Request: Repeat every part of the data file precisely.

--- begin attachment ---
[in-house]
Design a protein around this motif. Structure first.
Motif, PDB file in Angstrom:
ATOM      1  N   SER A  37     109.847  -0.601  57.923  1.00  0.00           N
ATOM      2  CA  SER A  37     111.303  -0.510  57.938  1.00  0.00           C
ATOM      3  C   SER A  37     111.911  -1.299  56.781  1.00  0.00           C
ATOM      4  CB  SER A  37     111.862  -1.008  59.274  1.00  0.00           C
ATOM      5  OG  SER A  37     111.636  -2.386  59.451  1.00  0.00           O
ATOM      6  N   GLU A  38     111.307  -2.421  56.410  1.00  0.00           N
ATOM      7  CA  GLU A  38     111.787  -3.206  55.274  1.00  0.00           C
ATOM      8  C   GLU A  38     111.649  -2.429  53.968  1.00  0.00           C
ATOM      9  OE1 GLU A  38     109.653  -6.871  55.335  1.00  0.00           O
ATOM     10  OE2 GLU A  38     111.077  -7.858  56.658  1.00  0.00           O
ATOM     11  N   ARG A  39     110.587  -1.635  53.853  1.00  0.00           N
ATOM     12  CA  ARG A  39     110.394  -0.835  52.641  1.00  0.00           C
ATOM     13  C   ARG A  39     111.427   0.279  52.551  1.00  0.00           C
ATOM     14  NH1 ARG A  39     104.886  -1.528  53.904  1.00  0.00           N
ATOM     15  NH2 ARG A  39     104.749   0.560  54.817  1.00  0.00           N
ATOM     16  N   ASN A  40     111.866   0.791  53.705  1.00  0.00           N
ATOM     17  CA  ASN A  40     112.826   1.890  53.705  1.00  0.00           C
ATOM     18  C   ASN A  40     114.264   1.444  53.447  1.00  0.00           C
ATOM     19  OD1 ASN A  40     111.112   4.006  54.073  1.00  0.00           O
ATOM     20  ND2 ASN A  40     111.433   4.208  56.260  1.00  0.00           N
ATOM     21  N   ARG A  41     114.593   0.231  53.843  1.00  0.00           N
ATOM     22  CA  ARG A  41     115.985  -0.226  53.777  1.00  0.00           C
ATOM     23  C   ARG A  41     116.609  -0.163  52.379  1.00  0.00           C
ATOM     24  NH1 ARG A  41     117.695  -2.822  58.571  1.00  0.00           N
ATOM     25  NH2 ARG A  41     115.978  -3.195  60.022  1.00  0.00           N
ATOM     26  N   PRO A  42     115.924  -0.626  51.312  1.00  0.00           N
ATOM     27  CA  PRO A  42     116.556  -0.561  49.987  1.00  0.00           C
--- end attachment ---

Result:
[in-house]
Design a protein around this motif. Structure first.
Motif, PDB file in Angstrom:
ATOM      1  N   SER A  37     109.847  -0.601  57.923  1.00  0.00           N
ATOM      2  CA  SER A  37     111.303  -0.510  57.938  1.00  0.00           C
ATOM      3  C   SER A  37     111.911  -1.299  56.781  1.00  0.00           C
ATOM      4  CB  SER A  37     111.862  -1.008  59.274  1.00  0.00           C
ATOM      5  OG  SER A  37     111.636  -2.386  59.451  1.00  0.00           O
ATOM      6  N   GLU A  38     111.307  -2.421  56.410  1.00  0.00           N
ATOM      7  CA  GLU A  38     111.787  -3.206  55.274  1.00  0.00           C
ATOM      8  C   GLU A  38     111.649  -2.429  53.968  1.00  0.00           C
ATOM      9  OE1 GLU A  38     109.653  -6.871  55.335  1.00  0.00           O
ATOM     10  OE2 GLU A  38     111.077  -7.858  56.658  1.00  0.00           O
ATOM     11  N   ARG A  39     110.587  -1.635  53.853  1.00  0.00           N
ATOM     12  CA  ARG A  39     110.394  -0.835  52.641  1.00  0.00           C
ATOM     13  C   ARG A  39     111.427   0.279  52.551  1.00  0.00           C
ATOM     14  NH1 ARG A  39     104.886  -1.528  53.904  1.00  0.00           N
ATOM     15  NH2 ARG A  39     104.749   0.560  54.817  1.00  0.00           N
ATOM     16  N   ASN A  40     111.866   0.791  53.705  1.00  0.00           N
ATOM     17  CA  ASN A  40     112.826   1.890  53.705  1.00  0.00           C
ATOM     18  C   ASN A  40     114.264   1.444  53.447  1.00  0.00           C
ATOM     19  OD1 ASN A  40     111.112   4.006  54.073  1.00  0.00           O
ATOM     20  ND2 ASN A  40     111.433   4.208  56.260  1.00  0.00           N
ATOM     21  N   ARG A  41     114.593   0.231  53.843  1.00  0.00           N
ATOM     22  CA  ARG A  41     115.985  -0.226  53.777  1.00  0.00           C
ATOM     23  C   ARG A  41     116.609  -0.163  52.379  1.00  0.00           C
ATOM     24  NH1 ARG A  41     117.695  -2.822  58.571  1.00  0.00           N
ATOM     25  NH2 ARG A  41     115.978  -3.195  60.022  1.00  0.00           N
ATOM     26  N   PRO A  42     115.924  -0.626  51.312  1.00  0.00           N
ATOM     27  CA  PRO A  42     116.556  -0.561  49.987  1.00  0.00           C